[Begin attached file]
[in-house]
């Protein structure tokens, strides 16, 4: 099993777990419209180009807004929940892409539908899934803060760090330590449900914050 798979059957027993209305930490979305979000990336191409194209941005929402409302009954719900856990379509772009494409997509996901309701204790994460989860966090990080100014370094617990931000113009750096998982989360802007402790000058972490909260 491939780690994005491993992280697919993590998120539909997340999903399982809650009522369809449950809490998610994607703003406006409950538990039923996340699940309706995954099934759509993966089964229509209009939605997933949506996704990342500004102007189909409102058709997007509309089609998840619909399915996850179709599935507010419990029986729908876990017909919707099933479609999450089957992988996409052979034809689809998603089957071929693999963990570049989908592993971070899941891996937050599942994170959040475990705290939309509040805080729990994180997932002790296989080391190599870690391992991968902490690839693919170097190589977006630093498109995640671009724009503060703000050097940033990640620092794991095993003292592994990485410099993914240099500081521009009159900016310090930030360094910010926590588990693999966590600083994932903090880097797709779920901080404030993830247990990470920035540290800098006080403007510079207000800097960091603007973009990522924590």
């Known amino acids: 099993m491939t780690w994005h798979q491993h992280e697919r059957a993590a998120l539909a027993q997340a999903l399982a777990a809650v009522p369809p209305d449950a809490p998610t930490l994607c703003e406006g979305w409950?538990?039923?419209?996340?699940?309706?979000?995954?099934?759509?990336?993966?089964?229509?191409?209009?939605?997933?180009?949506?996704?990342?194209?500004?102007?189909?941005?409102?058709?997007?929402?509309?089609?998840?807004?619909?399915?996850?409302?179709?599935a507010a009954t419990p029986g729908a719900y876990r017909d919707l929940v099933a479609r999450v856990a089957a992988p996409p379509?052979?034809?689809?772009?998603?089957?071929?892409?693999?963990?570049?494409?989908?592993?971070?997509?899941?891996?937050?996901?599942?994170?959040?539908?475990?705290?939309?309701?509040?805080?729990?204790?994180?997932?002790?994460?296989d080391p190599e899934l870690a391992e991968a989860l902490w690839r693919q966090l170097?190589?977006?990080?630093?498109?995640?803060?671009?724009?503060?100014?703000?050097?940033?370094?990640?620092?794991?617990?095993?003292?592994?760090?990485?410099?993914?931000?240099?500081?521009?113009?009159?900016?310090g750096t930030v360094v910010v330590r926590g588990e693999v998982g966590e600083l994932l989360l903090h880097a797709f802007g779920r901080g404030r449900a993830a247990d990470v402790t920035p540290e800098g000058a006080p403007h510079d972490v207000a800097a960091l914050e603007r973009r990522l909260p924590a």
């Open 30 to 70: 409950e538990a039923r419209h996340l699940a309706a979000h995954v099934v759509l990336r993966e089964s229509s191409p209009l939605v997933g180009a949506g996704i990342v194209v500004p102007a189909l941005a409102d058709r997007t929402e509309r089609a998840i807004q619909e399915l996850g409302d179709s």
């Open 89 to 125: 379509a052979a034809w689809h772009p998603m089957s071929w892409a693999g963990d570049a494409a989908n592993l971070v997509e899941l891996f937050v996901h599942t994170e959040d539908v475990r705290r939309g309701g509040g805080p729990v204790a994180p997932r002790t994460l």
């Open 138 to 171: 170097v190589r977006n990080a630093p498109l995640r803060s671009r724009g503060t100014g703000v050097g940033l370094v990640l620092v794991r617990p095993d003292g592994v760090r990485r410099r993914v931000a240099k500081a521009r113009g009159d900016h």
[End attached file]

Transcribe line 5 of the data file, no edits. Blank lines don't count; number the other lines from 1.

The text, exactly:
């Open 89 to 125: 379509a052979a034809w689809h772009p998603m089957s071929w892409a693999g963990d570049a494409a989908n592993l971070v997509e899941l891996f937050v996901h599942t994170e959040d539908v475990r705290r939309g309701g509040g805080p729990v204790a994180p997932r002790t994460l």